Aug 13, 2011
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Recently I was working with some database restoring and configuring stuff. And I was getting errors due to the conflicts on database users, server logins and their permissions.

In the ideal scenario, there should be a 'login' in the database server, and a corresponding 'user' for the database. Sometimes people get confused with the difference of these two. But they are for two entirely different purposes.

  • Login - Used for user authentication, and created in the server level

  • User (Database user) – Provide the database access and used for permission validations on the data base. Created for each database specifically.

A login is required for accessing the database server. And in the usual case a user account (corresponding to each of those logins) is associated for each database which provide access to the database. If a database user account is not not associated with a login, the user is not able to log into SQL Server server. This usually happens when a database is restored to a different server (which was the problem I had)

Restored database contains a set of users and permissions but there may not be any corresponding logins or the logins may not be associated with the same users. This situation is usually is known as having "orphaned users". Following steps will be able to resolve this situation.

-- Creating the login

Use master

sp_addlogin 'test', 'password', 'TestDB'

-- Granting the access to the created loginUse TestDB

Use TestDB

sp_grantdbaccess 'test'

-- Resolve orphaned users

Use TestDB

sp_change_users_login 'update_one', 'test', 'login_pswd'

In above the first step (creating the login), TestDB is the default database for the login. Which is the first database login connected after logging in.

The converse of the above described scenario; if no user account exists in a database for a specific login, the user that is using that login cannot access the database even though the user may be able to connect to SQL Server.

But there’s a single exception to this. Even if there is no user account is created in a database for a particular login, still the login can access the database trough a “guest user”. This guest user is created automatically for each database when it was created. And it is set to disabled by default. Another important thing to mention is, this guest login cannot be deleted from the database. 

You can enable and disable that account using the below query.
-- To give access to guest account from SA login:



-- To revoke access to guest account from SA login:



-- To grant permission on tables for guest user

Granting the permission can be also done with using the SQL server Management Studio through it’s GUI.  Now try a SELECT query on the database table, with a login which its database user is not created in the TestDB database. You should be able to perform the operation even without having the database user name.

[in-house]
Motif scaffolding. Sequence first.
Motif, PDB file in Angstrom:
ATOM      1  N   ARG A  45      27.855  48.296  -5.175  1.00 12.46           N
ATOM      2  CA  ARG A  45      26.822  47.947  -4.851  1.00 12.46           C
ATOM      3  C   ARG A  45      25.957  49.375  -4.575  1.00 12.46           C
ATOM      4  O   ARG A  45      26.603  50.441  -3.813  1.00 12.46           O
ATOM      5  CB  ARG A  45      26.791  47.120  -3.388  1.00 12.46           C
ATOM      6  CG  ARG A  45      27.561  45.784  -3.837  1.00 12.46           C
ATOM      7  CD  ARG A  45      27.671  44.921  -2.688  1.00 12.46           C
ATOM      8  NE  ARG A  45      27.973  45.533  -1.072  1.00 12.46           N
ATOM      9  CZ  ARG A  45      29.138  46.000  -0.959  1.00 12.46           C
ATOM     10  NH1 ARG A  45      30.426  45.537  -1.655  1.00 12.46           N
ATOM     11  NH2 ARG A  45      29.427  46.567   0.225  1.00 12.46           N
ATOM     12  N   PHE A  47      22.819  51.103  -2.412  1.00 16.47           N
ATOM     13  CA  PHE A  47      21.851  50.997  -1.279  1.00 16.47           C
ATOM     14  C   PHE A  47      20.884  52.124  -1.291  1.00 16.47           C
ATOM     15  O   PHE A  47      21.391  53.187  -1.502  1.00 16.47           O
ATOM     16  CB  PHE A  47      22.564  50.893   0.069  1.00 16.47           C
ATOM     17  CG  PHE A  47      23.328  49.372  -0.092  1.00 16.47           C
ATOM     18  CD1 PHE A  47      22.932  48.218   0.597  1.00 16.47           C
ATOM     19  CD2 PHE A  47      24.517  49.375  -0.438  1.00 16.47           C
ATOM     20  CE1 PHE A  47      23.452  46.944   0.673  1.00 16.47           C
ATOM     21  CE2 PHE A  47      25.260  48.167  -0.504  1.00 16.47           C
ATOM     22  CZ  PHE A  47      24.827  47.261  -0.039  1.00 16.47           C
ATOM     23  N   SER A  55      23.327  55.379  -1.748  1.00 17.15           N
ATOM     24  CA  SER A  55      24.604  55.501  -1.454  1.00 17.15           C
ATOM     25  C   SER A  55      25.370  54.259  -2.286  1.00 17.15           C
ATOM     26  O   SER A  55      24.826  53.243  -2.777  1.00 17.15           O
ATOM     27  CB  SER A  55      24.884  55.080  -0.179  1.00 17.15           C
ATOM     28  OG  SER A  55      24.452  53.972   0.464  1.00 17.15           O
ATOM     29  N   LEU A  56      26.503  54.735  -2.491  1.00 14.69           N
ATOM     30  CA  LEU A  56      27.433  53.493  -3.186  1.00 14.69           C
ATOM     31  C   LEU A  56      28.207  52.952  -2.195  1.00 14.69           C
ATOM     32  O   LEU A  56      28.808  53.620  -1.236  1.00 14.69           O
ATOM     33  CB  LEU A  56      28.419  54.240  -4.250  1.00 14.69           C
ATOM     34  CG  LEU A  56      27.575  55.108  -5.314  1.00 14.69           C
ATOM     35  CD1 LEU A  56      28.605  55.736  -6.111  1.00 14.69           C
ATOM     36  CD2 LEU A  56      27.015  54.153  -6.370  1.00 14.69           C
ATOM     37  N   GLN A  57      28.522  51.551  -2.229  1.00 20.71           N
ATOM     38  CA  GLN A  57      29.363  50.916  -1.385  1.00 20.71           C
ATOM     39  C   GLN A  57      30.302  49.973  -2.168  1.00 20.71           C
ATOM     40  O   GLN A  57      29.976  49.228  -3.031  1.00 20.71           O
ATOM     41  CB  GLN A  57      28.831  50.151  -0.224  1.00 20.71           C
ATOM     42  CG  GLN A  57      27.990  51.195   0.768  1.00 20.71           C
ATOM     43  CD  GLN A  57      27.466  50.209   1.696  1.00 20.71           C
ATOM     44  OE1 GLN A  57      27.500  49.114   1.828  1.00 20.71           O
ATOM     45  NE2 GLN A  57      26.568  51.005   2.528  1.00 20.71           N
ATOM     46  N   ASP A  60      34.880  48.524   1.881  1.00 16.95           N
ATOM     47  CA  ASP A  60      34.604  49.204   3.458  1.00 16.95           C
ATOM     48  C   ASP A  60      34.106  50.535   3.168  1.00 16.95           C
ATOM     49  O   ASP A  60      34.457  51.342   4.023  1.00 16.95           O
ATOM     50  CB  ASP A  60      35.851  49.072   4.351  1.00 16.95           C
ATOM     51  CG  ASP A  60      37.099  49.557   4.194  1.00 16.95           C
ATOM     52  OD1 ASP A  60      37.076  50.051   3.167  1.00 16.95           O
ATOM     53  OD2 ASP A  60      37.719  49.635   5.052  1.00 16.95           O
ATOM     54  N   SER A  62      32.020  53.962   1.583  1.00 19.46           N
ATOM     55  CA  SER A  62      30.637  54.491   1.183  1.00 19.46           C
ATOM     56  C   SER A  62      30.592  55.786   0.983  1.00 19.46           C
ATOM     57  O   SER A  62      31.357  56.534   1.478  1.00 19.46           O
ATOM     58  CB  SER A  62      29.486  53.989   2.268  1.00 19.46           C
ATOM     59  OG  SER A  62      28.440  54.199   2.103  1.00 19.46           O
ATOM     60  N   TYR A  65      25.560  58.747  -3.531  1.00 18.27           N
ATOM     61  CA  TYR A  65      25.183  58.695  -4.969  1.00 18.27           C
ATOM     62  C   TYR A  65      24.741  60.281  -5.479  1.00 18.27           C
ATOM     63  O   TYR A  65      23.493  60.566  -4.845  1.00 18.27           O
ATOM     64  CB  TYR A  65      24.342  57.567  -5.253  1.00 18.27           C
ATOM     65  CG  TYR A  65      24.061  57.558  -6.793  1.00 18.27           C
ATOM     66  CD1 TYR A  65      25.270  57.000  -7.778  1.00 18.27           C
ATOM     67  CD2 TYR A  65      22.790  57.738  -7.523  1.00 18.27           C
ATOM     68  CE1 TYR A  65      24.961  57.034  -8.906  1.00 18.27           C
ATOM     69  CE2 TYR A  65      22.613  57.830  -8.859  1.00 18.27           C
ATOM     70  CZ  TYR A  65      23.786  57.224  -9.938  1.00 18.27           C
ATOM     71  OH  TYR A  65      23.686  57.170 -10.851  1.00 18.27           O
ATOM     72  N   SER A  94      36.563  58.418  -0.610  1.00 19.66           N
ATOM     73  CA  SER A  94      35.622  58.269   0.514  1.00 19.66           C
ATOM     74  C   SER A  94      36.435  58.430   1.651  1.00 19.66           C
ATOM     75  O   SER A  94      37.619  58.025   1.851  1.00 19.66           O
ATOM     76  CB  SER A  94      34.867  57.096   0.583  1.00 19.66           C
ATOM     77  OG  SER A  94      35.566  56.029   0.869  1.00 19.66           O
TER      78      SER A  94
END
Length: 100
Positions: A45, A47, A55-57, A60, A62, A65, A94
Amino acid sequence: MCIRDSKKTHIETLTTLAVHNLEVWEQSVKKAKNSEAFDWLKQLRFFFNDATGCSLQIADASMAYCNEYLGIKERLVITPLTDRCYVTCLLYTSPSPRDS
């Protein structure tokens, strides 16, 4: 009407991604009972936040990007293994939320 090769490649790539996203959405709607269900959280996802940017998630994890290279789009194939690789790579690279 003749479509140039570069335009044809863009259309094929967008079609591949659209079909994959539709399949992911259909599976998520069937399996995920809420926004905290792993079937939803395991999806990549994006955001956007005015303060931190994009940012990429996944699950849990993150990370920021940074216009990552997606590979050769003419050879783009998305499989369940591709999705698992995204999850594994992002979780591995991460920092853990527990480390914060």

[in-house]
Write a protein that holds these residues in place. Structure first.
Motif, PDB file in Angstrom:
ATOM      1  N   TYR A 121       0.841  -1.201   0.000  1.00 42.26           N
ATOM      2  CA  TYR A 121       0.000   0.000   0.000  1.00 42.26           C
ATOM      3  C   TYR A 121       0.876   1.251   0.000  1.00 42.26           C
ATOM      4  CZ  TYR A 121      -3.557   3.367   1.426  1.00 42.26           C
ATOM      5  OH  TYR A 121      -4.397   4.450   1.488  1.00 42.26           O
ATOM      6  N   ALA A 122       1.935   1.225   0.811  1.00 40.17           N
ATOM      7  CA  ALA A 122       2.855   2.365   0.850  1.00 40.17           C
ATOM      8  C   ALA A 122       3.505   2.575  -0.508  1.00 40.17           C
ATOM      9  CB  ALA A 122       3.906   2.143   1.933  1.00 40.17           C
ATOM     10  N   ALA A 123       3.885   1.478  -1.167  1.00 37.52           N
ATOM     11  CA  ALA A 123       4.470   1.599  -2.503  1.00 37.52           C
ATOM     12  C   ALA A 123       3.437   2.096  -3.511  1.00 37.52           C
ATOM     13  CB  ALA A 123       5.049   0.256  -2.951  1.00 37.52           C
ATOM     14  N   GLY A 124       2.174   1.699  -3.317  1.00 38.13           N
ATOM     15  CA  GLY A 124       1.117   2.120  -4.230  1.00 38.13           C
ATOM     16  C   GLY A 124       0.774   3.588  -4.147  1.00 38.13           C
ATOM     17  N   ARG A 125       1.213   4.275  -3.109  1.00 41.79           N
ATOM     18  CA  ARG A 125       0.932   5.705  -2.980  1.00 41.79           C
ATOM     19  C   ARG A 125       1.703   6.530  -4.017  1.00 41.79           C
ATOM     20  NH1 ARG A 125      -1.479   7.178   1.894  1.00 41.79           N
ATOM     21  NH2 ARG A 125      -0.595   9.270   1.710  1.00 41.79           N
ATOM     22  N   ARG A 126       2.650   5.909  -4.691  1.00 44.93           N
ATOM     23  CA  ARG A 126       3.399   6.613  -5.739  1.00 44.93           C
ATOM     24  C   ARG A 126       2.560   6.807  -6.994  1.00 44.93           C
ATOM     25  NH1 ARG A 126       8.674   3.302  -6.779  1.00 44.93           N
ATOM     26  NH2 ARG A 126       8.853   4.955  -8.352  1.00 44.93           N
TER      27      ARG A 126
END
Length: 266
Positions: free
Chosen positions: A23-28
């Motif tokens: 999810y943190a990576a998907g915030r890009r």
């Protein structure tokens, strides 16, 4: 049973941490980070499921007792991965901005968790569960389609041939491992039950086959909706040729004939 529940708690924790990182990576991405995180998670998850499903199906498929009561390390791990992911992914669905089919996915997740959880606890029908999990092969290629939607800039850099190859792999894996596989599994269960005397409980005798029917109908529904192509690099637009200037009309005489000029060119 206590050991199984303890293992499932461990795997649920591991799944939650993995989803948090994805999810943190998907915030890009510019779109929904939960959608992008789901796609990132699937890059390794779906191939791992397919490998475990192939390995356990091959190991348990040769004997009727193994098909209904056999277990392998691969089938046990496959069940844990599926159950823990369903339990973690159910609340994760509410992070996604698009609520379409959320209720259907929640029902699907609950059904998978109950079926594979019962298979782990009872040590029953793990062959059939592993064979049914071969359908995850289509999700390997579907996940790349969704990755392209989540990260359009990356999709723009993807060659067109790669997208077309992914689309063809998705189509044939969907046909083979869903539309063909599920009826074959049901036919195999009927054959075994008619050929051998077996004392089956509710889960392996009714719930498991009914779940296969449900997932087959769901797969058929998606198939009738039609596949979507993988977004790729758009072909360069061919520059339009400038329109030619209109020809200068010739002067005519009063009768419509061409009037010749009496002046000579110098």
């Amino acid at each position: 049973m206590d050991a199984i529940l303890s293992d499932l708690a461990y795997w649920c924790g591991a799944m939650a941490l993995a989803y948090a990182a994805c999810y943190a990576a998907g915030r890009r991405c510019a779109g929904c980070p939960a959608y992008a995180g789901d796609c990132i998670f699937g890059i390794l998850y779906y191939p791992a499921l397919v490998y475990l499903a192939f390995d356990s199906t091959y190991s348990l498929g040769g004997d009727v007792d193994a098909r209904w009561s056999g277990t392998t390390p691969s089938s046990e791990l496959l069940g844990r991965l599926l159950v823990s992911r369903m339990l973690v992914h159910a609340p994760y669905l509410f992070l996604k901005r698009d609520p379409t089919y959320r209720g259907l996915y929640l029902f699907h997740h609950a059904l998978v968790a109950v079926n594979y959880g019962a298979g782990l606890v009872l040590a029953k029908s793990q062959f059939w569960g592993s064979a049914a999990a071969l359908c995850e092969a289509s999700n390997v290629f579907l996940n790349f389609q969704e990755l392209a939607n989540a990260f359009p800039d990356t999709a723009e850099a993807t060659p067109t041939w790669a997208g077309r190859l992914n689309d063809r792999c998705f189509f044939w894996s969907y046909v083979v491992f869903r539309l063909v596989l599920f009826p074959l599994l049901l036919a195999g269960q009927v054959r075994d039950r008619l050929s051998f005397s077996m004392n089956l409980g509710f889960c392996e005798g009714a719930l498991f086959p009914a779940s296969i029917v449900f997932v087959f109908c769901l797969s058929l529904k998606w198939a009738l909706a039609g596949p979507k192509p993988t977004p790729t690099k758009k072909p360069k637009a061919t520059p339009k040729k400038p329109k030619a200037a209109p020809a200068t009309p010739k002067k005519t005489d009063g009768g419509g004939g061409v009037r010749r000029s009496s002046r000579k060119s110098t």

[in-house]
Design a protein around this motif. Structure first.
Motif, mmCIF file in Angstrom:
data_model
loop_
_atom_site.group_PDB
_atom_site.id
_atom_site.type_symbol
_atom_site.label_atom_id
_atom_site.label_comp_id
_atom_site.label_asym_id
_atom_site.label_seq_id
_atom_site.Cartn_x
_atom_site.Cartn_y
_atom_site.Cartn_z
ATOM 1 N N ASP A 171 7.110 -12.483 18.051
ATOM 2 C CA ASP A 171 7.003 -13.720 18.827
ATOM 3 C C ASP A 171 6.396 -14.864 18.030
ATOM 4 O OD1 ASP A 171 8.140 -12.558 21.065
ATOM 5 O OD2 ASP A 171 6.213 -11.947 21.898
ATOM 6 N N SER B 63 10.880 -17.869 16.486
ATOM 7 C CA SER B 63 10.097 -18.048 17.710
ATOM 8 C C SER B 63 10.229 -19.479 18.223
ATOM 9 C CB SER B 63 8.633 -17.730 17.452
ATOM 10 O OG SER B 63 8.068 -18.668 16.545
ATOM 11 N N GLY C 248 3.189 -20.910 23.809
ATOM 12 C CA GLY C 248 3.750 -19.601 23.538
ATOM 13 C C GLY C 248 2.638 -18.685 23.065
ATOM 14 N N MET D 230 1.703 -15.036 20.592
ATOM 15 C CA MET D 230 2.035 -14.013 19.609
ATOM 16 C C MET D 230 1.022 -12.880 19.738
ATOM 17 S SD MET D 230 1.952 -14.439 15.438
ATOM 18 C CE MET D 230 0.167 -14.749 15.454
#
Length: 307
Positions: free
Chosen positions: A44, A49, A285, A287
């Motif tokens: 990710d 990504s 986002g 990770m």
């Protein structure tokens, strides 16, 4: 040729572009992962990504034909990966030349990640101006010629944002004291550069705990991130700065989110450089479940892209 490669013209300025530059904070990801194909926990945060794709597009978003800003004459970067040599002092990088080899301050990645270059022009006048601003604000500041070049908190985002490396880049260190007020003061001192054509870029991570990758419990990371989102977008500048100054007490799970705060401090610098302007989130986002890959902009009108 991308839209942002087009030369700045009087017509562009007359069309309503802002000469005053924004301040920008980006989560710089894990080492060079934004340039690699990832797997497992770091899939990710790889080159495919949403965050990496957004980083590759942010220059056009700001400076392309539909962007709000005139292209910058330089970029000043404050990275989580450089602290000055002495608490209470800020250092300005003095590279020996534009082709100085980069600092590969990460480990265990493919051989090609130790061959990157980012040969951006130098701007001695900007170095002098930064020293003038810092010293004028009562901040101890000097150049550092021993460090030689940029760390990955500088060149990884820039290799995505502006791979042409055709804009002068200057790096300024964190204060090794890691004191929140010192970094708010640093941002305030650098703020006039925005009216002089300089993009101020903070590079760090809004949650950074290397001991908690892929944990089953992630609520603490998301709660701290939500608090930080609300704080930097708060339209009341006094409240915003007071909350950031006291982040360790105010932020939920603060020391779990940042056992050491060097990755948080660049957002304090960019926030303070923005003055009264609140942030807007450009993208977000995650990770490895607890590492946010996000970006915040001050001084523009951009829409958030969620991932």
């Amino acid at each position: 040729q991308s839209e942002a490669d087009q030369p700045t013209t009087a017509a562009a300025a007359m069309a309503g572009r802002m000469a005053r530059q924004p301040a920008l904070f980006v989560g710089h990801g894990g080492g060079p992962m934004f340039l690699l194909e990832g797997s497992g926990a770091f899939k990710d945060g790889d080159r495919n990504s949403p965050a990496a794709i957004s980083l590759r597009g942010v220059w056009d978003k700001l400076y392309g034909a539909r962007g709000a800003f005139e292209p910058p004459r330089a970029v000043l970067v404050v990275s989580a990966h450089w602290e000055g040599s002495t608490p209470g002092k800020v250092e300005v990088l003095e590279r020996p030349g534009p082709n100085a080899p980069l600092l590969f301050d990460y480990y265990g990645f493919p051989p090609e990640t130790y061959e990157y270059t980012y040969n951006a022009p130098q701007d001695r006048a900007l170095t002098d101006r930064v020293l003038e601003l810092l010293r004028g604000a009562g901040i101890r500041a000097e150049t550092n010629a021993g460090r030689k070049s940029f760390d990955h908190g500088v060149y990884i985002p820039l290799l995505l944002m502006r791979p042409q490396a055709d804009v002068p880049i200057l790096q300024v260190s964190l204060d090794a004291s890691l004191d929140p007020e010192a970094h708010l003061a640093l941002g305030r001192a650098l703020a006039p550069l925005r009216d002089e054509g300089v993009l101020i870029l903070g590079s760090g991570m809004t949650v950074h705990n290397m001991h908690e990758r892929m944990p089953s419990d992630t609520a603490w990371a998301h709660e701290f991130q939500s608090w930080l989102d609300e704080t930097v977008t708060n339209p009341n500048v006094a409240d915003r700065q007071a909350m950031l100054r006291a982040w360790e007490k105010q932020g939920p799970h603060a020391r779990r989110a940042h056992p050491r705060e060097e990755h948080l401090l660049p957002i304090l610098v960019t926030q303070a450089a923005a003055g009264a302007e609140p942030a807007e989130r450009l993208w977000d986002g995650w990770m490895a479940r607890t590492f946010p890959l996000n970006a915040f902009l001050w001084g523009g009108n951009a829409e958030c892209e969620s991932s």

However it is not recommended for giving the sensitive database permissions for guest user. I found some articles on the web (link) where, people have published about possible security risks/bugs in using the guest user and granting permissions on it. 
Aug 9, 2011
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If you have experience with SQL Server, you may have heard the terms MDF, NDF and LDF already. Those are the commonly used file name extensions in SQL Server for specify the Primary Data files, Secondary data files and Log files respectively.

In SQL Server, data and log information are never stored in the same file. Furthermore, those individual files (primary data, secondary data and log) are used by only one server. However, below is a brief description about the three file types in SQL Server.

Primary data files

Primary data file is the starting point of the database. It points to the other files in the database. Therefore, every database has one primary data file. Also, all the data in the database objects (tables, stored procedures, views, triggers.. etc.) are stored in the primary data files. The recommended and the most common file name extension for primary data files is ".mdf".

Secondary data files

You can only have one primary data file for a database. Rest made up by secondary data files. But its not necessary to have a secondary data file. Therefore some databases may not have any secondary data file. But its also possible to have multiple secondary data files for a single database. ".ndf" is usually recommended to denote secondary data files. It’s also possible to store the secondary data file in a separate physical drive than the one which primary data file is stored.

Log files

Log files in SQL Server databases hold all the log information. Those information can be later used to recover the database. Size of the log file is determined by the logging level you have set up on the database.  There must be at least one log file for each database. But it is also possible to have more than one log file for a single database. The recommended file name extension for log files is ".ldf".

IMPORTANT : Though it’s recommended to use these .mdf, .ndf and .ldf filename extensions, SQL Server never enforces to use the same file extensions.

Locations of all the files of user databases (primary, secondary and log files of each) are stored in the primary data file of the database and in the master database. When the SQL Server Database Engine want to use the file location information of those  files, it retrieves the data from the master database.